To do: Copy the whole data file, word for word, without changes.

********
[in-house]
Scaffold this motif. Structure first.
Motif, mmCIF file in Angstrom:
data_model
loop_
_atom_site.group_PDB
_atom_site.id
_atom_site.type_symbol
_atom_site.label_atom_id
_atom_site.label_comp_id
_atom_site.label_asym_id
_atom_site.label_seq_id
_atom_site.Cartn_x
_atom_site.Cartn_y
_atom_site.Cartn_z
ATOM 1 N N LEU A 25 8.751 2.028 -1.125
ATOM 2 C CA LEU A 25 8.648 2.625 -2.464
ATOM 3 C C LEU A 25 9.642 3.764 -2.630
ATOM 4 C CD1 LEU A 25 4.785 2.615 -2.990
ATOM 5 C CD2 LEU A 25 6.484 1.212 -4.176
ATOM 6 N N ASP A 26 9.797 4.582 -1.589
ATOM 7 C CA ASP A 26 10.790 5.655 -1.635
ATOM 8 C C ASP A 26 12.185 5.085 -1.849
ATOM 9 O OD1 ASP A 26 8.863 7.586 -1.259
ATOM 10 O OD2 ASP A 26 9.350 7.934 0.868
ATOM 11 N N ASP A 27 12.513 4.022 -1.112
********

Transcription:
[in-house]
Scaffold this motif. Structure first.
Motif, mmCIF file in Angstrom:
data_model
loop_
_atom_site.group_PDB
_atom_site.id
_atom_site.type_symbol
_atom_site.label_atom_id
_atom_site.label_comp_id
_atom_site.label_asym_id
_atom_site.label_seq_id
_atom_site.Cartn_x
_atom_site.Cartn_y
_atom_site.Cartn_z
ATOM 1 N N LEU A 25 8.751 2.028 -1.125
ATOM 2 C CA LEU A 25 8.648 2.625 -2.464
ATOM 3 C C LEU A 25 9.642 3.764 -2.630
ATOM 4 C CD1 LEU A 25 4.785 2.615 -2.990
ATOM 5 C CD2 LEU A 25 6.484 1.212 -4.176
ATOM 6 N N ASP A 26 9.797 4.582 -1.589
ATOM 7 C CA ASP A 26 10.790 5.655 -1.635
ATOM 8 C C ASP A 26 12.185 5.085 -1.849
ATOM 9 O OD1 ASP A 26 8.863 7.586 -1.259
ATOM 10 O OD2 ASP A 26 9.350 7.934 0.868
ATOM 11 N N ASP A 27 12.513 4.022 -1.112